The 2014 regular session of the Alabama Legislature is in the books and the time for the Governor to “pocket veto” legislation has expired.
So, what were some of the primary accomplishments this session?
Of most importance, the appropriations bills for the General Fund agencies (HB235 – Act 14-284) and the Education Fund (SB184 – Act 14-456) were passed and the Governor has signed them into law. More on the details of the budgets will be coming later. With the Governor’s signature, the need for a special session is diminished.
Several bills dealing with restrictions on public assistance were enacted into law that; (1) requires drug testing (for recipients with previous drug issues), (2) prohibits use of public funds for alcohol, tobacco, gambling, and other non-essential items, (3) requires prospective recipients to show that they have applied for three jobs prior to receiving assistance and clarifies that a prospective recipient does not qualify for assistance if they left prior employment voluntarily or without good cause, and (4) makes the fraudulent use of public assistance a crime (for both the recipient and potentially the provider).
A bill (HB9- Act 14-399) was passed creating the Fair Ballot Commission whose purpose will be to provide the public with a fair and accurate explanation of statewide ballot measures. Sixty days prior to a vote, the Commission shall publish a Ballot Statement that shall include a plain language summary of the statewide ballot measure, the legal or constitutional authority of its passage, the effect of the statewide ballot measure if it is passed, including its cost and source of funding and the effect of the statewide ballot measure if it is defeated.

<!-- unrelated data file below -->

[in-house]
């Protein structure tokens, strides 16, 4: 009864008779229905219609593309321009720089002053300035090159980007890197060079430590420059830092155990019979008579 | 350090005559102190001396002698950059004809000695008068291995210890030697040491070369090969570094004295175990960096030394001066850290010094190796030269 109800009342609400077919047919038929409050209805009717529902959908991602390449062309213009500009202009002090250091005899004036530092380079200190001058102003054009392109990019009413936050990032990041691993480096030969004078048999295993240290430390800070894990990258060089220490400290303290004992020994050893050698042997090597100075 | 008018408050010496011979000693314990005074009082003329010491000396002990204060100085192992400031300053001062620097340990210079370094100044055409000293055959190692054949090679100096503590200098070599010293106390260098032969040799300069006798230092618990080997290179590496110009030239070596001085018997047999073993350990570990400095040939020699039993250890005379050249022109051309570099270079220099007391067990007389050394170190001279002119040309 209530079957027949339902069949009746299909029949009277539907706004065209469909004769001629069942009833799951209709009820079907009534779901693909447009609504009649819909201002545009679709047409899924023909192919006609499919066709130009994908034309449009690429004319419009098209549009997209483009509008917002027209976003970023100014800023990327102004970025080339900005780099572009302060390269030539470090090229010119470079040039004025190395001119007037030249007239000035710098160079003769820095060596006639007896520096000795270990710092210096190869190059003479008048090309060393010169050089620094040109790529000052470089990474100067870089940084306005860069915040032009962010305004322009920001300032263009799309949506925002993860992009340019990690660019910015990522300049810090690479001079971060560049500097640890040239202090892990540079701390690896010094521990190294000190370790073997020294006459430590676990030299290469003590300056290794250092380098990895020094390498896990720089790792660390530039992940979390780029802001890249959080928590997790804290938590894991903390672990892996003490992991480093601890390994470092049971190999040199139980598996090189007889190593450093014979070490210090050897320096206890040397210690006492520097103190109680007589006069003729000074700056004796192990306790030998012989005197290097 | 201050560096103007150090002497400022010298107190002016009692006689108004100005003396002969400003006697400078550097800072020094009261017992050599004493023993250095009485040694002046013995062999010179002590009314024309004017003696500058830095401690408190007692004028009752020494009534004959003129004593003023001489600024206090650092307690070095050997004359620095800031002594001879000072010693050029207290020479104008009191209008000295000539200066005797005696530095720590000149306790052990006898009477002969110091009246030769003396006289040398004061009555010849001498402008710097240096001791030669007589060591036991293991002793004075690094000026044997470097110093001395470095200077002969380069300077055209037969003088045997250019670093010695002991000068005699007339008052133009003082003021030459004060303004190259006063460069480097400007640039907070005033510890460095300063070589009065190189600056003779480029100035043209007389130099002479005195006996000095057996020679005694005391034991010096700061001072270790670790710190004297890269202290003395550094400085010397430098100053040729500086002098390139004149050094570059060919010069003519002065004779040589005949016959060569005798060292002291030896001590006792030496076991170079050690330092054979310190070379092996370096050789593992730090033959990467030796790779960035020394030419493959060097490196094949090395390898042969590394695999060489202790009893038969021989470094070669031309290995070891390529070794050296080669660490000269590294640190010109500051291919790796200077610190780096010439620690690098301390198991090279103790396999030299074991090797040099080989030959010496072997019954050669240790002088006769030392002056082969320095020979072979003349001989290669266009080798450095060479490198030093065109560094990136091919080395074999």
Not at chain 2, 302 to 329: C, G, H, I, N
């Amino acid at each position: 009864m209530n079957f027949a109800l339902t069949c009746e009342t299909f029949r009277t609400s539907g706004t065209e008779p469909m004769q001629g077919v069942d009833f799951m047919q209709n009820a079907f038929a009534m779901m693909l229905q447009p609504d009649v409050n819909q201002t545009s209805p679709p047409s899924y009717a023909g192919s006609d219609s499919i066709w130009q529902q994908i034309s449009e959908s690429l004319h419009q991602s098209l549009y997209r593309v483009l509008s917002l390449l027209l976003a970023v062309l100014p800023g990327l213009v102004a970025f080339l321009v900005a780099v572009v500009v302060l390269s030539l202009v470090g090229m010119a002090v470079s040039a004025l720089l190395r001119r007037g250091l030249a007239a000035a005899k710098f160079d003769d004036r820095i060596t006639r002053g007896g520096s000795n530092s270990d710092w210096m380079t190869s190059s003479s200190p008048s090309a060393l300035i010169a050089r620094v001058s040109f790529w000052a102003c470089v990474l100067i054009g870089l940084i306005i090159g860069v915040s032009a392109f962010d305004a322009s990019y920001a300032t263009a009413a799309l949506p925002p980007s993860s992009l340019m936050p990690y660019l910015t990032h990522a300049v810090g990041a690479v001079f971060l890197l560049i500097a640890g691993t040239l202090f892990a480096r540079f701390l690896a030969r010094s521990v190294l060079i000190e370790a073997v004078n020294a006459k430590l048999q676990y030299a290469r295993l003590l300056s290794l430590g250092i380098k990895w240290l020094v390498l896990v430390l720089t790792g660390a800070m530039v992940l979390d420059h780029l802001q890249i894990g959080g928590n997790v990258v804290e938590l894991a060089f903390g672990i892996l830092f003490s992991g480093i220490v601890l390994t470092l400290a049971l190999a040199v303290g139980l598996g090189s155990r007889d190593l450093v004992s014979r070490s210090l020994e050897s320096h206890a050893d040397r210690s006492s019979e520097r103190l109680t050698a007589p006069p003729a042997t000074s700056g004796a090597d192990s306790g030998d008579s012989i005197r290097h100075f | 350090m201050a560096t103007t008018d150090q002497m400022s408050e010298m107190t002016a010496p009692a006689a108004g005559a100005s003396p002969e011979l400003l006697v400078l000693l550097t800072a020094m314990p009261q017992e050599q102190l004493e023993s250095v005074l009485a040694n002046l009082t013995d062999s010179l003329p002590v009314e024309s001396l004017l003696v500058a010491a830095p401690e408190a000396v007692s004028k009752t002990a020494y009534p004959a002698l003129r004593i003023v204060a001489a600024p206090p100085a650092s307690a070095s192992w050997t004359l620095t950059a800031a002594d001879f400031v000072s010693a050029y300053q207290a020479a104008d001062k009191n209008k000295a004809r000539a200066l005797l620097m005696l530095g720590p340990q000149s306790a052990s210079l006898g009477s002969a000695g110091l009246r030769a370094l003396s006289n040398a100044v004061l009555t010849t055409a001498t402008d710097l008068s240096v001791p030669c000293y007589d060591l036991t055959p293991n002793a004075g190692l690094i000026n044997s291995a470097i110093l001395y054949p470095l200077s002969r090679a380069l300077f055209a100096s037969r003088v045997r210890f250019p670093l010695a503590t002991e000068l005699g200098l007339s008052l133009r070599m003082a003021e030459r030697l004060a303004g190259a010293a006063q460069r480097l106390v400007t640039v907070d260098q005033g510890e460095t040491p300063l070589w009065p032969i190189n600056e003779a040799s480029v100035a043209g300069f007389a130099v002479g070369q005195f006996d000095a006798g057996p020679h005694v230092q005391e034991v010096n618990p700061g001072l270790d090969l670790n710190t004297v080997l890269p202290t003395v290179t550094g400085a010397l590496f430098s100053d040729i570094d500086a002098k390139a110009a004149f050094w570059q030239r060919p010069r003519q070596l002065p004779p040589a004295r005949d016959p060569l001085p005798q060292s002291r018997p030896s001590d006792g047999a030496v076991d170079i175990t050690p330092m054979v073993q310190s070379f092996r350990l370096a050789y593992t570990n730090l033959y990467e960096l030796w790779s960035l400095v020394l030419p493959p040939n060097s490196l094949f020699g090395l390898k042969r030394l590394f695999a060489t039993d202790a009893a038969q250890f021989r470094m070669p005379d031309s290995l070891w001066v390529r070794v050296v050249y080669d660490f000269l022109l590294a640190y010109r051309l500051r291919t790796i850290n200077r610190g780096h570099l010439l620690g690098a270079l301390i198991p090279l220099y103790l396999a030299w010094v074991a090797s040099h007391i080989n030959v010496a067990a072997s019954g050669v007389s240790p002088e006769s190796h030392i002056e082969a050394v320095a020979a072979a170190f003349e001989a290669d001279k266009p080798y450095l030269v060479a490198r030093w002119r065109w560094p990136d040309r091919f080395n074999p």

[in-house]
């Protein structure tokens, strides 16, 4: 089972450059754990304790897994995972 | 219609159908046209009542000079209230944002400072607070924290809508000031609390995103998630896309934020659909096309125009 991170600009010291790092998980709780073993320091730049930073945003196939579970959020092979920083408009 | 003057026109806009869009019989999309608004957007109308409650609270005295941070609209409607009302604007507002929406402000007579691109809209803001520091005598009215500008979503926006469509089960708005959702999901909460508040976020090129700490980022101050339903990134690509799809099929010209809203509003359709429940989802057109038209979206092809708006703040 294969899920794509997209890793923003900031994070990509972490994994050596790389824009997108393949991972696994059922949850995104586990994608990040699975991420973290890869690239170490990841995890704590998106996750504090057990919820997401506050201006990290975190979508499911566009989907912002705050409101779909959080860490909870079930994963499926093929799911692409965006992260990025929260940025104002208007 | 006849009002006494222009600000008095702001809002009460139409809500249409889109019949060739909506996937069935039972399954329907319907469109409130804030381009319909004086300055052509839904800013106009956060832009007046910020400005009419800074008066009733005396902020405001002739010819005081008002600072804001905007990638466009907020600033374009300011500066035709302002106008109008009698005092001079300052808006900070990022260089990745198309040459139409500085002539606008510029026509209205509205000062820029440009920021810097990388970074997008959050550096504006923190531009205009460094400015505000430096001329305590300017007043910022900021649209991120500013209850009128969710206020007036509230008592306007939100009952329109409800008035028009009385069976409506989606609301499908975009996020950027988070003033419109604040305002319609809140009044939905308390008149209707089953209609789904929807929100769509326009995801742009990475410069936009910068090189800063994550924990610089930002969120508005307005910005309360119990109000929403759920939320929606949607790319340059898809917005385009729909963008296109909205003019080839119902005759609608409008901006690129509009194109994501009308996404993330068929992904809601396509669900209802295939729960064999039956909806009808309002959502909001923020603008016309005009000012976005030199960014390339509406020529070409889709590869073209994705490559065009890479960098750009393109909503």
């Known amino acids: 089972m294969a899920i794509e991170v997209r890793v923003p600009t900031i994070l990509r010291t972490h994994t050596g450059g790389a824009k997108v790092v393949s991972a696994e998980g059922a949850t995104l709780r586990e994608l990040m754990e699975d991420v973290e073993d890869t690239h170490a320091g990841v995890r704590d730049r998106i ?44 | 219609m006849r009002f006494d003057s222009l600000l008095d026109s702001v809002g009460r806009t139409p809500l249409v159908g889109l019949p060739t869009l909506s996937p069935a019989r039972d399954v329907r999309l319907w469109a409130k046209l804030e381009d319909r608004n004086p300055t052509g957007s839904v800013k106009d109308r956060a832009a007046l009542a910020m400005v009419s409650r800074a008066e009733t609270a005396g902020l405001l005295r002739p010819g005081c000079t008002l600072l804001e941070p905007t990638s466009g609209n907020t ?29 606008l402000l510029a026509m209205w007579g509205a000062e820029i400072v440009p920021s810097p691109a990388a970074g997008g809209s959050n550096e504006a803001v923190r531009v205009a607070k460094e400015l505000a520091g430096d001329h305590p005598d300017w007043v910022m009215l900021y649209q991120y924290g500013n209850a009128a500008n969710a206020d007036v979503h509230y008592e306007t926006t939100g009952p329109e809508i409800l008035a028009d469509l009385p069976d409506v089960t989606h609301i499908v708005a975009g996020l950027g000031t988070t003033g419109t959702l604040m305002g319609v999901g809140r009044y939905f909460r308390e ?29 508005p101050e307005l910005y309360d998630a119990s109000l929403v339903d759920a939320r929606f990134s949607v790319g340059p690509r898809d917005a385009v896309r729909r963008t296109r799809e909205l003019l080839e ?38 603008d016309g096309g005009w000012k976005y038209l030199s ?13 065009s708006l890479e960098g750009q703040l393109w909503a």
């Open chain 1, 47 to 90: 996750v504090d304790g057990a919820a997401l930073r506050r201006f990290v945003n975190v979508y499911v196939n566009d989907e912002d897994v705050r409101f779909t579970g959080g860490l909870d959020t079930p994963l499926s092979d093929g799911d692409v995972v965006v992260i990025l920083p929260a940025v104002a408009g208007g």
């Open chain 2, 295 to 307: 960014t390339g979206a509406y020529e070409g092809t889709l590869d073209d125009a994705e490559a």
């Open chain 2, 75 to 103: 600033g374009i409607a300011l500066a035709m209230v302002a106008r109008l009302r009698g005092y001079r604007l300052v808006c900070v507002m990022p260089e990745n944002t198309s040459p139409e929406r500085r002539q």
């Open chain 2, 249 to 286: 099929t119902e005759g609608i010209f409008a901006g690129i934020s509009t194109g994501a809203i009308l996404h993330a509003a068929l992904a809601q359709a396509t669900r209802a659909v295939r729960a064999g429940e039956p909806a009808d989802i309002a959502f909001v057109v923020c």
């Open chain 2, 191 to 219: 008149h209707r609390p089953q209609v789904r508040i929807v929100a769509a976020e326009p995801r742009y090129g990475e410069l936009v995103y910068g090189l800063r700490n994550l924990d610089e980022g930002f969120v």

A constitutional amendment setting up a vote on the Sports Person’s Bill of Rights was adopted ((HB322- Act 14-286) that clarifies that the people of the state have the right to hunt, fish and harvest wildlife subject to reasonable regulations that promote conservation and management of fish and wildlife and preserves the future of hunting and fishing. It further states that hunting and fishing by the public is the preferred means of managing and controlling wildlife.
An unemployment compensation bill (HB109- Act 14-436) deals with definition of an “employing unit” and would require ownership of at lease 65% of the business located in the State of Alabama to be responsible for providing unemployment compensation.
The “Revolving Door” bill (SB36- Act 14-440) was passed precluding public officials from lobbying their respective former legislative bodies for a period of two years after leaving public office. A legislative body includes the Alabama Legislature, county commissions and city councils.
A referendum allowing a 7.5% increase in property taxes will be on the ballot soon in Macon County. The bill (SB468- Act 14-310) was a local bill and the proceeds from the increase will go to fund the Little Texas Volunteer Fire Department. If this measure prevails at the ballot box, we will most likely see similar initiatives in other areas of the state. We will provide commentary on local bills that raise taxes at a later date.
What were some measures that did not pass?
Consolidation bills that promoted efficiencies in state government operations were introduced that did not get enacted. These included merging the Alabama Forestry Commission into a newly named Department of Agriculture, Forestry and Industries, merging Pardons and Paroles and eliminating the Alcohol Beverage Control Board and reorganizing the Alabama Legislative offices. We anticipate all these efforts to be renewed next year.
A bill promoting transparency in state government by removing the Examiner’s of Public Accounts from under the Alabama Legislature and placing its audit function in the office of the State Auditor had passed the House but died in the Senate.